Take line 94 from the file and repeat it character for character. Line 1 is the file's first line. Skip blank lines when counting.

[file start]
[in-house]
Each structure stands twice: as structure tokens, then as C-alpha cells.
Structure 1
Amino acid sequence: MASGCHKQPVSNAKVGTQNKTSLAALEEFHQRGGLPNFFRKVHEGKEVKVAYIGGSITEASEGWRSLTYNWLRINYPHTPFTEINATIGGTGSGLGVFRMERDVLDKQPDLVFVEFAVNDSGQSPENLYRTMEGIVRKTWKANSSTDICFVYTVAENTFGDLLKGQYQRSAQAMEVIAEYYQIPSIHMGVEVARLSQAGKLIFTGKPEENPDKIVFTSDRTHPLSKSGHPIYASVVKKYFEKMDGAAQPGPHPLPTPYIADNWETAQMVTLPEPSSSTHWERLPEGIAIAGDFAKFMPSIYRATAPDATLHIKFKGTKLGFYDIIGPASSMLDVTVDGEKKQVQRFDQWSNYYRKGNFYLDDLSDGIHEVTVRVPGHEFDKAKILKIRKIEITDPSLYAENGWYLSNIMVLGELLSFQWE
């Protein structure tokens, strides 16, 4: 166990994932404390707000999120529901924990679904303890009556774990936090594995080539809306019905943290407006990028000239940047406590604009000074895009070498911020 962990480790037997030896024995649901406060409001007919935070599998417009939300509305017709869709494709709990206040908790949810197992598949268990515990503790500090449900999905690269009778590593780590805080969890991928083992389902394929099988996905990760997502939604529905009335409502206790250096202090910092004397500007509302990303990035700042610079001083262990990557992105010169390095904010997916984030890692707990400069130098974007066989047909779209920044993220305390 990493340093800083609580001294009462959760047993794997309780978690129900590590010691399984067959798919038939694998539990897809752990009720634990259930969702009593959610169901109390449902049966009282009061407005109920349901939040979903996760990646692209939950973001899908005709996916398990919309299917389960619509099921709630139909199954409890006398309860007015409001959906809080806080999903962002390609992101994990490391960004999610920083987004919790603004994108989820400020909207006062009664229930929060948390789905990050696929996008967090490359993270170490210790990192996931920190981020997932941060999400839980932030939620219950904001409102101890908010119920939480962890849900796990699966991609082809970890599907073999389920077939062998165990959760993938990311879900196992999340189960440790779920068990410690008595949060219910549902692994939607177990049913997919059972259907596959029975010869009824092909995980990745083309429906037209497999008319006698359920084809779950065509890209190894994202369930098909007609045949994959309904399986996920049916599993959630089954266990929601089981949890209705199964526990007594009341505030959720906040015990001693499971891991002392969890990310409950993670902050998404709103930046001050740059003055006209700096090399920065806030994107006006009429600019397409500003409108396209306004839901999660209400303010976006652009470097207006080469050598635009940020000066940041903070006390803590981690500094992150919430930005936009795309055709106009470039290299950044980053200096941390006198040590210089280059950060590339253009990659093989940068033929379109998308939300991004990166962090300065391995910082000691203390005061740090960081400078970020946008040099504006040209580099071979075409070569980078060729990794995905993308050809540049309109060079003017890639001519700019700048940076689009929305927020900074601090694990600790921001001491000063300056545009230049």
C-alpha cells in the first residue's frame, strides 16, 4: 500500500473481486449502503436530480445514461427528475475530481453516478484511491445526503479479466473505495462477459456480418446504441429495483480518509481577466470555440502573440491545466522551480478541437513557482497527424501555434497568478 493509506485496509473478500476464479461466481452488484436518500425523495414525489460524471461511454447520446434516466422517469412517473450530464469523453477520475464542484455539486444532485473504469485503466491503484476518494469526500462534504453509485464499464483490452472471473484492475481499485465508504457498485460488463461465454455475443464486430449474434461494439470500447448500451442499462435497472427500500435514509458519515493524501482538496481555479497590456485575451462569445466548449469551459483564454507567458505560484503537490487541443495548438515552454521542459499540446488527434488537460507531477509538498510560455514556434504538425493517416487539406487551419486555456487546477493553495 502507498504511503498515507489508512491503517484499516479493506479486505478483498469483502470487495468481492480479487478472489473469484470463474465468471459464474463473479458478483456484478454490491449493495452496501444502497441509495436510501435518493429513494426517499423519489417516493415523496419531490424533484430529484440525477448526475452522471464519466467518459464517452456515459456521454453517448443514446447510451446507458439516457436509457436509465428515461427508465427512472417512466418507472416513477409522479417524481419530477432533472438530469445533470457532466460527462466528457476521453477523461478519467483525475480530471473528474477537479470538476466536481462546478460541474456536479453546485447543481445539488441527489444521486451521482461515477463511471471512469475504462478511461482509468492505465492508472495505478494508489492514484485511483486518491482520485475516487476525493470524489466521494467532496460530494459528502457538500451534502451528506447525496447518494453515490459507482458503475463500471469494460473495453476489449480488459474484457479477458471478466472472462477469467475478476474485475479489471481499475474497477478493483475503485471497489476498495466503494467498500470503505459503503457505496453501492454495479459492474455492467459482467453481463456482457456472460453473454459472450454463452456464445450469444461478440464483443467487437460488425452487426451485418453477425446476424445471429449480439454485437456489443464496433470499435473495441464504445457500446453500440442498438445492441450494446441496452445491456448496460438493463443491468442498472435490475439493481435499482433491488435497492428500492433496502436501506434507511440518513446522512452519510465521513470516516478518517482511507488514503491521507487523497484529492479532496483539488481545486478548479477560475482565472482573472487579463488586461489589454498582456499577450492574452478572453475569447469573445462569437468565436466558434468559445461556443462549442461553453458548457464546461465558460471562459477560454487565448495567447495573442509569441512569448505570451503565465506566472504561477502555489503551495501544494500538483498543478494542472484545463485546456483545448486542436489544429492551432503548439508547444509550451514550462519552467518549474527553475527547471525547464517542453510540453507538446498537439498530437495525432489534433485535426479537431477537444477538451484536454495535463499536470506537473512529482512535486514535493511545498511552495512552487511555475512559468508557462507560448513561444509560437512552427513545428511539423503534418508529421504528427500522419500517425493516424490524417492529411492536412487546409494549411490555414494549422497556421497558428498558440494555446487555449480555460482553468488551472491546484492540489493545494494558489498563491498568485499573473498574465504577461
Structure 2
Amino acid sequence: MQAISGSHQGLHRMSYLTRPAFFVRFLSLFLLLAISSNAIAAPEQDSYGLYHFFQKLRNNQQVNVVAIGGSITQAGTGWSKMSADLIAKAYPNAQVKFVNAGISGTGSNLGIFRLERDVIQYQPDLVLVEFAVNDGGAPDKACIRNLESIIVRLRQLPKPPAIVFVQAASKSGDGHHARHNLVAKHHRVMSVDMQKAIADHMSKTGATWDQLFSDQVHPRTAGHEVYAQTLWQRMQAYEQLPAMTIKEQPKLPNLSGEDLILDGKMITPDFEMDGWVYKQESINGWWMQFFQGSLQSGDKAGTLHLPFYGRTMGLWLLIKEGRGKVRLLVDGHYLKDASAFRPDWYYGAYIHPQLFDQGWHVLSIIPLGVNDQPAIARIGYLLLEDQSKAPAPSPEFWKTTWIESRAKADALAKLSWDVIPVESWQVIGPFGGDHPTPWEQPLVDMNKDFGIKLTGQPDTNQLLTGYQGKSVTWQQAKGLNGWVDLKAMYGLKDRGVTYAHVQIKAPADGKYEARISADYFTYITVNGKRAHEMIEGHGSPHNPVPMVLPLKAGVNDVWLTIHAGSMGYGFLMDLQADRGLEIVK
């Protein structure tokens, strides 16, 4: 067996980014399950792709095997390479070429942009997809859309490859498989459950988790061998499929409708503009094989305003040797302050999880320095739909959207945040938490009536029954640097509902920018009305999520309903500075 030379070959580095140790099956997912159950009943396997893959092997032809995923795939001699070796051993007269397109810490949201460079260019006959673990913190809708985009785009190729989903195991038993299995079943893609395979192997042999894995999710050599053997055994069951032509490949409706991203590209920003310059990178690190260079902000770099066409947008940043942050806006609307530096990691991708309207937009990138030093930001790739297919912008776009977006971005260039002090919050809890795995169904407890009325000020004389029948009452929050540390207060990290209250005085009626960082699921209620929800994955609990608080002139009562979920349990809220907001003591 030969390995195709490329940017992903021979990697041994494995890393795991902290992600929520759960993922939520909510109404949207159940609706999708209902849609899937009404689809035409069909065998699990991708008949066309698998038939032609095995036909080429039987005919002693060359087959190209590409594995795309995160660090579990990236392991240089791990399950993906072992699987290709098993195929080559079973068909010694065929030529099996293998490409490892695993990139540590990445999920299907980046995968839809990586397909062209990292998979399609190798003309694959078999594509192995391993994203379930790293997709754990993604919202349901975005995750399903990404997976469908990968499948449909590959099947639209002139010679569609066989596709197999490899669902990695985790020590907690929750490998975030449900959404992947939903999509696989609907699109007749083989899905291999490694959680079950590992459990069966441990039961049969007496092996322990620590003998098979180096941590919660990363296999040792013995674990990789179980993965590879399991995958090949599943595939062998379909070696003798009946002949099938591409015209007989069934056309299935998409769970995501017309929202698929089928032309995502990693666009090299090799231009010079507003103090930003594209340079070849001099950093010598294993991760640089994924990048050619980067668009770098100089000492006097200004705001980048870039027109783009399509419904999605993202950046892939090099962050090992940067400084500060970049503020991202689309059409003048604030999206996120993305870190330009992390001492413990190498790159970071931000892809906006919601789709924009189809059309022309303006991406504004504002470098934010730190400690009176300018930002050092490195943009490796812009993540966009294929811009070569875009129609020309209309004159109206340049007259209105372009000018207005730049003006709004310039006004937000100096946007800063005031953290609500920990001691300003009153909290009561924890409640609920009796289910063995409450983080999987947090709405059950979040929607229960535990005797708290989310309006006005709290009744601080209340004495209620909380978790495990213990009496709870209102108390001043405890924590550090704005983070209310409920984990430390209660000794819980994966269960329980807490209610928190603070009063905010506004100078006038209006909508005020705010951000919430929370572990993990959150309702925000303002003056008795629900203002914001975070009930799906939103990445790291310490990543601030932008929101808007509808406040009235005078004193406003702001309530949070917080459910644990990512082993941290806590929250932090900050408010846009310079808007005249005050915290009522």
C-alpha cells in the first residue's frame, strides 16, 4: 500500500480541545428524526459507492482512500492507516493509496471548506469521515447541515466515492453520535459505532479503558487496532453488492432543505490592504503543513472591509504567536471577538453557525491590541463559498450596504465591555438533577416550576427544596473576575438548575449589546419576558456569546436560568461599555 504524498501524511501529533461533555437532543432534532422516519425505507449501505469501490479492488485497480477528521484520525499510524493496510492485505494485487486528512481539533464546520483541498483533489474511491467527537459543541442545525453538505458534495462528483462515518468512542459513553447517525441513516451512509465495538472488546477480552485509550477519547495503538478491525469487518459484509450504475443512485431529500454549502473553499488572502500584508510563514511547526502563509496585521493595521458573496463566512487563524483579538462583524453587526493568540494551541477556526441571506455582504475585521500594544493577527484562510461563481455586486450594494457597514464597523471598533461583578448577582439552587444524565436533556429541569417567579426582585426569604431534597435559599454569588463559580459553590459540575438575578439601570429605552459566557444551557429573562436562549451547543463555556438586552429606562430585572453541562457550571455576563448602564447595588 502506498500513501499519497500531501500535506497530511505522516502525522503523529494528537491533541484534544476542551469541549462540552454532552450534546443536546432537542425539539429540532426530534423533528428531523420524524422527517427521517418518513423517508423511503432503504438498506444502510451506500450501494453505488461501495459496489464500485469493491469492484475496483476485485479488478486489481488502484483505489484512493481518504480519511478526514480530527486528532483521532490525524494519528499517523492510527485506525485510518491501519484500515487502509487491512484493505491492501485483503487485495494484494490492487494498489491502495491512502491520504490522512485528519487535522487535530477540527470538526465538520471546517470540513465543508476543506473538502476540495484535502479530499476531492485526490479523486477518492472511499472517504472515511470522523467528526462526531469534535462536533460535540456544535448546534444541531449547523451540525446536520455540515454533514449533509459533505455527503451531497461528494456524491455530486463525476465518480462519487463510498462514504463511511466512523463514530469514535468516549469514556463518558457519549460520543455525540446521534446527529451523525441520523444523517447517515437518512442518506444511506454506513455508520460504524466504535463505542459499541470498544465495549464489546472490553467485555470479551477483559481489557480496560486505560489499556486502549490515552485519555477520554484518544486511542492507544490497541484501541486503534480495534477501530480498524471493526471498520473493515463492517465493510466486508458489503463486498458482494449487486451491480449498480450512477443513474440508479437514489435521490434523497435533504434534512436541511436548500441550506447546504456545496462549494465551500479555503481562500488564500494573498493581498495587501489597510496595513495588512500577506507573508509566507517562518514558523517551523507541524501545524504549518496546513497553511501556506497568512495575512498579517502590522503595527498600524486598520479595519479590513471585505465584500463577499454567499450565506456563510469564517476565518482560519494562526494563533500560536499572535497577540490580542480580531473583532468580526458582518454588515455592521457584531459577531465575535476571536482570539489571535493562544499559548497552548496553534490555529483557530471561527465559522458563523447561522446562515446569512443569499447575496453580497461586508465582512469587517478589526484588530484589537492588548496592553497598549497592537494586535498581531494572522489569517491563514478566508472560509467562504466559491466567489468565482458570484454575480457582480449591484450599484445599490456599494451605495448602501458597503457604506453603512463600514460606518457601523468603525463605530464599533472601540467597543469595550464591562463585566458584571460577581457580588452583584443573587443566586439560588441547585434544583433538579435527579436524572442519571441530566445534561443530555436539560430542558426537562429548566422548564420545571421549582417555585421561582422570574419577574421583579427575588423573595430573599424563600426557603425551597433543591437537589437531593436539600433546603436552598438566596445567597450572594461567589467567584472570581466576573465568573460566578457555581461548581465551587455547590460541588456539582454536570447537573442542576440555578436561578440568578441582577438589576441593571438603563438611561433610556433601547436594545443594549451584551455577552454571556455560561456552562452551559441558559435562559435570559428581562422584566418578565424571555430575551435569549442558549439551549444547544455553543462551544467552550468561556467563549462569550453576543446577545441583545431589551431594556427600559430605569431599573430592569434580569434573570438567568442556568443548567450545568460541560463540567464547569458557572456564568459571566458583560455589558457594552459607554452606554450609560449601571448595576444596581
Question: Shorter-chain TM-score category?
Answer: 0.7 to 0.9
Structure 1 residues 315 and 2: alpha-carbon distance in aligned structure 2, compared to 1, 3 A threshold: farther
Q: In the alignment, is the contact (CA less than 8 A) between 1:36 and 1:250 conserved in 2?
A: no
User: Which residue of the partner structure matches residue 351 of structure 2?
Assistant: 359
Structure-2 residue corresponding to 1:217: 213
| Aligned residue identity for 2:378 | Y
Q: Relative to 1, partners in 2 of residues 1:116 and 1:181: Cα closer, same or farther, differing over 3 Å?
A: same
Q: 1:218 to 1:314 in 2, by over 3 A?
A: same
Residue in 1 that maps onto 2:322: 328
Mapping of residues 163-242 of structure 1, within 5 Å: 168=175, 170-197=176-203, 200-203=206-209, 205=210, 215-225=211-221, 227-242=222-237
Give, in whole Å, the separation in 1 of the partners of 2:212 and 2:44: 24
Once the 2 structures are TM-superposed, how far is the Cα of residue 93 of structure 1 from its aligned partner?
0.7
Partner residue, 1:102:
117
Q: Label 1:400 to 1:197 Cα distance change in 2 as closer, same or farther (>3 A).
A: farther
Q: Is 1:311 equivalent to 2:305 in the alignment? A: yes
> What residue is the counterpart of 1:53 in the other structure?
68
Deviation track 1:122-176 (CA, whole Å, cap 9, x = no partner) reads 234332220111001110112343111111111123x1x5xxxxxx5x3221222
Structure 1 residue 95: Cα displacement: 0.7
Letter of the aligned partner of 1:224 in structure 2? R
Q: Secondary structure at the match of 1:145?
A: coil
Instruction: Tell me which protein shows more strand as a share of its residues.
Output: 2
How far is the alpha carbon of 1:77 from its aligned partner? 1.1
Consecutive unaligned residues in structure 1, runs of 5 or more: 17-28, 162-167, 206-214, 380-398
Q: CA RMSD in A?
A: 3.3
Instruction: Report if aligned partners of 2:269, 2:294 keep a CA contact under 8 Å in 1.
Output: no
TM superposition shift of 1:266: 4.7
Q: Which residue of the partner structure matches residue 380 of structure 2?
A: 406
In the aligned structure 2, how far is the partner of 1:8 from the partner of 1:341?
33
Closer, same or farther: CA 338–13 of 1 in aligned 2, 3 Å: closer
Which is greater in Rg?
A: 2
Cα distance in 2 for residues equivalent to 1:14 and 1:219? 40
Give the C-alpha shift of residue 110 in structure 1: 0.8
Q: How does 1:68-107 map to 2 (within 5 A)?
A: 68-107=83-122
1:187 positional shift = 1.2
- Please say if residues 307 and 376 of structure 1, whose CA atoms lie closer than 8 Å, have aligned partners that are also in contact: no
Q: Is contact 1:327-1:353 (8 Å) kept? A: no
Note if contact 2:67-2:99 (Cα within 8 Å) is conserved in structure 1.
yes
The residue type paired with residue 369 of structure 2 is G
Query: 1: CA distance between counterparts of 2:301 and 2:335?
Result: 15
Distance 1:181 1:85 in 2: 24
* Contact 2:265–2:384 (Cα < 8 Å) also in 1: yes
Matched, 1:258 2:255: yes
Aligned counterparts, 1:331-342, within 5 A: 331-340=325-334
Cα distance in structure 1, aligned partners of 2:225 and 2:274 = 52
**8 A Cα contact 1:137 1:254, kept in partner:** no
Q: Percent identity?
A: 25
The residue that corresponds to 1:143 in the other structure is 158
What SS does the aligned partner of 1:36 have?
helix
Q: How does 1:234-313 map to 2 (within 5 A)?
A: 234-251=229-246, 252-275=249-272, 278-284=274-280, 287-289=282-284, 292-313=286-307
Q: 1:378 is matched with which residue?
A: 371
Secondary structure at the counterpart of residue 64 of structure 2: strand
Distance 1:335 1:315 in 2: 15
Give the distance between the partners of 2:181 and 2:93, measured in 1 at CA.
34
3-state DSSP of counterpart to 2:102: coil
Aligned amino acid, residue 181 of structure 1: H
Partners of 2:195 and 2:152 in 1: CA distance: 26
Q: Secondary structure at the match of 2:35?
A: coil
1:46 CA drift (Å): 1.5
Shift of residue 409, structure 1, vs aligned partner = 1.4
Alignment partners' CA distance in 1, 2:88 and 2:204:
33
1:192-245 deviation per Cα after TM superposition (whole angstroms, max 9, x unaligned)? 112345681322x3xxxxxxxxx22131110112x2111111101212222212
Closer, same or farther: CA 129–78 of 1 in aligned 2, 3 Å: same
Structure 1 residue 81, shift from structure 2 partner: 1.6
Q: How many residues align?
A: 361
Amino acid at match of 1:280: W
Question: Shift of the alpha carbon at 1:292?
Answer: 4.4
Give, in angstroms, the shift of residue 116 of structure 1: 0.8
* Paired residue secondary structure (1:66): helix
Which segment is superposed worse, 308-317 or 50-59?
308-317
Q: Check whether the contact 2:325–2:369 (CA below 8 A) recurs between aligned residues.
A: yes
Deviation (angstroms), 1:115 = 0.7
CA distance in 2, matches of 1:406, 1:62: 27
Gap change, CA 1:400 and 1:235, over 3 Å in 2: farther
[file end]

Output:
Shift of residue 409, structure 1, vs aligned partner = 1.4